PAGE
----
I heard a line on a television show, probably a CSI of some sort since those shows dominate programming, that made me think. The cop had just charged through the door and had a gun on the suspect. The cop said, “So you hook children on drugs and murder people for money?” The man raised his hands in submission and said, “Isn't money why we all get up in the morning?”
At first I dismissed his statement as shallow. But after another moment’s thought, I told my husband, “He may be right. Is he?” We all get up to go to work and make a living. I had to ponder that.
If someone asked me what gets me up in the morning, I’d say coffee. The idea of a hot cup of that dark elixir gives me a reason to get out of bed. The sheets and blankets are so comfortable in the morning and my cat is always snuggled nearby. That’s a lot of happiness to overcome just to get out of bed. That first movement of feet on floor is motivated by the reward of coffee. I work as a freelance writer and editor, so there is no time clock to punch in and no boss standing at the door waiting for me to arrive. It’s all up to me to meet my deadlines and not procrastinate. So beyond that first cup of coffee, what drives me to perform my job and do it well? Money, right? I want to get paid.
It’s not actually that simple, according to many experts. One, Walter Chen, the owner of iDoneThis, a work productivity tool, presents an argument that money is the reward we all want and need. It’s a survival element in our society. But what keeps us motivated to soldier on every day is a short list, he writes at Buffer Social.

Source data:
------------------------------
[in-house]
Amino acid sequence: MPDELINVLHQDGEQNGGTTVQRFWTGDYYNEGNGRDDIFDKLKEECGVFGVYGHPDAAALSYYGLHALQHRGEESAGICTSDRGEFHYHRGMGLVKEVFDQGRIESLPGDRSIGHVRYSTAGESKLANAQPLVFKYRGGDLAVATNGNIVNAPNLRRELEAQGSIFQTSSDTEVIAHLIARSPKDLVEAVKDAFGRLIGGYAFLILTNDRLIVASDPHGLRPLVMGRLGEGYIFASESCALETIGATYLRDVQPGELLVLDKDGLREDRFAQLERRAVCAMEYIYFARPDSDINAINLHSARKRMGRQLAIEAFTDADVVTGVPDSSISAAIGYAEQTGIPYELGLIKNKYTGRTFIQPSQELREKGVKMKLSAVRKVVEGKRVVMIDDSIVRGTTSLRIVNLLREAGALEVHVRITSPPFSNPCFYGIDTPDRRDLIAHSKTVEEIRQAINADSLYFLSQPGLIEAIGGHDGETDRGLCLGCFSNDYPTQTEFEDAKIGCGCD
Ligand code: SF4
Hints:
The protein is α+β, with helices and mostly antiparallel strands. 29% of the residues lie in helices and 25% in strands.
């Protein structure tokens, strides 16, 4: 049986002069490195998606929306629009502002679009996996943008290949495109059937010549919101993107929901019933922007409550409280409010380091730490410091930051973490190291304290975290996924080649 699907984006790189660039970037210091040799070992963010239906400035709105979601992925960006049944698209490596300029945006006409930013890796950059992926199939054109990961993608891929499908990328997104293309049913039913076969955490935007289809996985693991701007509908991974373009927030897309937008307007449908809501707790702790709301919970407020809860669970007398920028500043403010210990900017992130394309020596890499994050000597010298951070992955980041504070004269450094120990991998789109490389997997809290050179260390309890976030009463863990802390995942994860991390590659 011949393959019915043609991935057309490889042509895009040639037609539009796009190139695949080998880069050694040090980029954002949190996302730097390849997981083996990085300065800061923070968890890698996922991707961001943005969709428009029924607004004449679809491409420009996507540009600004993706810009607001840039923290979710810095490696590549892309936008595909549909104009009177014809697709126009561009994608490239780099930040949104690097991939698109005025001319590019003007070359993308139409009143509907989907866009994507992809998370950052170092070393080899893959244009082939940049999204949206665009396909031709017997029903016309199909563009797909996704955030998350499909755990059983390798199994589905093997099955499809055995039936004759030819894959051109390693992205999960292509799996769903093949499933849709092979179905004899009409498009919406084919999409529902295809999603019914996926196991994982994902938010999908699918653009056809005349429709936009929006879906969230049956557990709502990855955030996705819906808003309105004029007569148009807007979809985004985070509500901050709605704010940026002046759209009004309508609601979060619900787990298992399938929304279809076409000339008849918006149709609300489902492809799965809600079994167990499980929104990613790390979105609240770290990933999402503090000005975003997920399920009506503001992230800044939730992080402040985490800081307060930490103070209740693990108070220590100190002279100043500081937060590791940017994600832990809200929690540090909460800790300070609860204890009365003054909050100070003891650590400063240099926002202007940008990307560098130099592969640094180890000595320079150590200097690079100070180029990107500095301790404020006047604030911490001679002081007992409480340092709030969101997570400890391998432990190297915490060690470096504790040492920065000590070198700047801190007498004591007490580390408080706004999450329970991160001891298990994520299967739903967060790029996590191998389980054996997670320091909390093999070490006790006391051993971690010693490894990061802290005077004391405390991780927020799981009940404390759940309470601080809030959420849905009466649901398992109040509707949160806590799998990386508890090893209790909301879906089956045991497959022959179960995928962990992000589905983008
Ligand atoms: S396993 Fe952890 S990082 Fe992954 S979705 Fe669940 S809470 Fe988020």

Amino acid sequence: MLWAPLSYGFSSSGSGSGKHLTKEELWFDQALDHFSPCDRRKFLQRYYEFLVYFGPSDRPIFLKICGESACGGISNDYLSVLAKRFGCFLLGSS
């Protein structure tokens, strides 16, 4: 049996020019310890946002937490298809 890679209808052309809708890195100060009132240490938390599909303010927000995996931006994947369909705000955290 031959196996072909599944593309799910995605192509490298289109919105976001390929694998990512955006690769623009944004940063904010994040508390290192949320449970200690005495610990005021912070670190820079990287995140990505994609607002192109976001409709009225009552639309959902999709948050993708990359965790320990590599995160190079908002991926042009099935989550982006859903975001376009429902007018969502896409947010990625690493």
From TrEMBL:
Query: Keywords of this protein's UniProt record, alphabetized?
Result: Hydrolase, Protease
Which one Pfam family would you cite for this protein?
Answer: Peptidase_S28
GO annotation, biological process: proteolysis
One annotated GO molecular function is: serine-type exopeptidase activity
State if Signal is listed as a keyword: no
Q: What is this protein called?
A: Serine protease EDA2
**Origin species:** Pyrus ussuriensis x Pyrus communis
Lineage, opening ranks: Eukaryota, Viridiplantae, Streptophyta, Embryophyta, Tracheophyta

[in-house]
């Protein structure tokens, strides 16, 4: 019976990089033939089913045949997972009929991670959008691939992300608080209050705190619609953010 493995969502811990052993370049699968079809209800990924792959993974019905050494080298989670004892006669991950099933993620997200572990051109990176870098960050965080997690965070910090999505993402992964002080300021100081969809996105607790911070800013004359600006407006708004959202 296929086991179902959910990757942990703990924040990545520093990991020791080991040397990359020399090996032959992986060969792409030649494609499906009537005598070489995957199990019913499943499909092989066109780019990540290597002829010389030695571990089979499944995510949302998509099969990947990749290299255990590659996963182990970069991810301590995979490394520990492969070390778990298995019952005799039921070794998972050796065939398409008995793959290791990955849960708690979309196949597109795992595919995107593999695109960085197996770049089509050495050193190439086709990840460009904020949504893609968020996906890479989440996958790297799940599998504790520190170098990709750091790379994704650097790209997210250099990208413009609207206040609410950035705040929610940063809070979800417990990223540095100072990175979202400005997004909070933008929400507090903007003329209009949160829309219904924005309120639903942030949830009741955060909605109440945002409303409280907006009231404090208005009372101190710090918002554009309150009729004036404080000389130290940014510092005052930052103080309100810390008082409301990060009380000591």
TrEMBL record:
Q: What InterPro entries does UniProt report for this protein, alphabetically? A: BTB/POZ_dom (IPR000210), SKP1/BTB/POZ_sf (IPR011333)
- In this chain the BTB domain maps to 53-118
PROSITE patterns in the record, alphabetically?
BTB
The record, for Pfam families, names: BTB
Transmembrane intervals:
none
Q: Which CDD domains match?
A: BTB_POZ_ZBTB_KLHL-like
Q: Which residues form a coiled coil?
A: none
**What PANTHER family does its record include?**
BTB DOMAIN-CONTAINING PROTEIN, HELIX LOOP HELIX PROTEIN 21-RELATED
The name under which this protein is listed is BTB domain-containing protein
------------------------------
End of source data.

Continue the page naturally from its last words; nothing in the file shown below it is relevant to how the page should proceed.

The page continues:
“(T)here are in fact just 3 very simple things that drive nearly each and every one of us to work hard:
· Autonomy: Our desire to direct our own lives. In short: 'You probably want to do something interesting, let me get out of your way!'
· Mastery: Our urge to get better at stuff.
· Purpose: The feeling and intention that we can make a difference in the world," Chen wrote.
Our brains, Chen suggests, have a connection to these three elements. And though we’ve all been programmed not to let our emotions go to work with us, it’s our emotions that help us tackle obstacles and trudge on with more spring in our step.
“Emotions play a leading role in how to succeed in business because they influence how much you try and this is widely misunderstood by bosses and managers. …The components of the inner work life — motivation, emotions, and perceptions of how the above three things work together — feed each other,” Chen wrote.
Not only do our emotions inform our daily decisions, according to Chen and his expert sources, the quality of the emotion can improve our creativity and zeal or interfere. He quotes from a study by psychologist Alice Isen to prove the point.
“Negative emotions like fear and sadness can lead to brain activity and thought patterns that are detrimental to creative, productive work: (a) avoidance of risk; (b) difficulty remembering and planning; and (c) rational decision-making.”
We have to feel our feelings, whatever they are. Negative emotions inform us just as positive emotions do. We have to process them and not be stopped by them. But sometimes simple things, like talking to a friend or exercising, can boost our mood.
Oversimplified, if coffee makes me happy, it helps to put my inner work life into a more positive state. I can move from that positive state with courage and self-confidence a little easier and work toward autonomy, mastery, and purpose. These are the underlying reasons to get out of bed. These infuse us with energy to go after what we want, whether it’s creating a book, a new phone app, or a harmonious home.
Please share your thoughts. What gets you out of bed?